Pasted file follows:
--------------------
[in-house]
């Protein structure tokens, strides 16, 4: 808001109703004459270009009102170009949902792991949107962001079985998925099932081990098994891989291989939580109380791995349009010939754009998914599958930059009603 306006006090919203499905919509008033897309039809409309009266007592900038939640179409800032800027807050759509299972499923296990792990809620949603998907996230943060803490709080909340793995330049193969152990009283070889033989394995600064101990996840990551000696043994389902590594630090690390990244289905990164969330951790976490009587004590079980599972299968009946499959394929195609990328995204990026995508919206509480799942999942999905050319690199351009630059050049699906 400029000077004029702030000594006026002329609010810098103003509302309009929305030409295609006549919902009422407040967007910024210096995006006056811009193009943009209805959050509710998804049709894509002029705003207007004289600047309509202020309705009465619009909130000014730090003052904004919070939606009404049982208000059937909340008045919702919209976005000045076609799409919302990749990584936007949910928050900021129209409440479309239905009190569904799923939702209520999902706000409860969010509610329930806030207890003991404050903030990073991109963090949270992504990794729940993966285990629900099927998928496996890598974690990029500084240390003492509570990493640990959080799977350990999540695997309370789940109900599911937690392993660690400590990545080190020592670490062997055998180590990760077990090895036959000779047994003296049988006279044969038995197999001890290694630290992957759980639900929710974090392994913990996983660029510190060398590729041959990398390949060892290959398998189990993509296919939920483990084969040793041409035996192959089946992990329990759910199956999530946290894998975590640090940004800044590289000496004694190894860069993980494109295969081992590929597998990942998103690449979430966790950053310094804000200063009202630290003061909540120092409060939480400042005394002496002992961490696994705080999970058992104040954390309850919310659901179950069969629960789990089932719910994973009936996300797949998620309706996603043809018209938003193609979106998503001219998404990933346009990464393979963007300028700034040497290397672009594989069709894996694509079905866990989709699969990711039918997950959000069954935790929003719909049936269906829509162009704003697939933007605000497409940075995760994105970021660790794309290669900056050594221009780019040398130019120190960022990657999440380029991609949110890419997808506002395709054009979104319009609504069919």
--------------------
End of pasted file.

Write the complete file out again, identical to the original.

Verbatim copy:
[in-house]
């Protein structure tokens, strides 16, 4: 808001109703004459270009009102170009949902792991949107962001079985998925099932081990098994891989291989939580109380791995349009010939754009998914599958930059009603 306006006090919203499905919509008033897309039809409309009266007592900038939640179409800032800027807050759509299972499923296990792990809620949603998907996230943060803490709080909340793995330049193969152990009283070889033989394995600064101990996840990551000696043994389902590594630090690390990244289905990164969330951790976490009587004590079980599972299968009946499959394929195609990328995204990026995508919206509480799942999942999905050319690199351009630059050049699906 400029000077004029702030000594006026002329609010810098103003509302309009929305030409295609006549919902009422407040967007910024210096995006006056811009193009943009209805959050509710998804049709894509002029705003207007004289600047309509202020309705009465619009909130000014730090003052904004919070939606009404049982208000059937909340008045919702919209976005000045076609799409919302990749990584936007949910928050900021129209409440479309239905009190569904799923939702209520999902706000409860969010509610329930806030207890003991404050903030990073991109963090949270992504990794729940993966285990629900099927998928496996890598974690990029500084240390003492509570990493640990959080799977350990999540695997309370789940109900599911937690392993660690400590990545080190020592670490062997055998180590990760077990090895036959000779047994003296049988006279044969038995197999001890290694630290992957759980639900929710974090392994913990996983660029510190060398590729041959990398390949060892290959398998189990993509296919939920483990084969040793041409035996192959089946992990329990759910199956999530946290894998975590640090940004800044590289000496004694190894860069993980494109295969081992590929597998990942998103690449979430966790950053310094804000200063009202630290003061909540120092409060939480400042005394002496002992961490696994705080999970058992104040954390309850919310659901179950069969629960789990089932719910994973009936996300797949998620309706996603043809018209938003193609979106998503001219998404990933346009990464393979963007300028700034040497290397672009594989069709894996694509079905866990989709699969990711039918997950959000069954935790929003719909049936269906829509162009704003697939933007605000497409940075995760994105970021660790794309290669900056050594221009780019040398130019120190960022990657999440380029991609949110890419997808506002395709054009979104319009609504069919």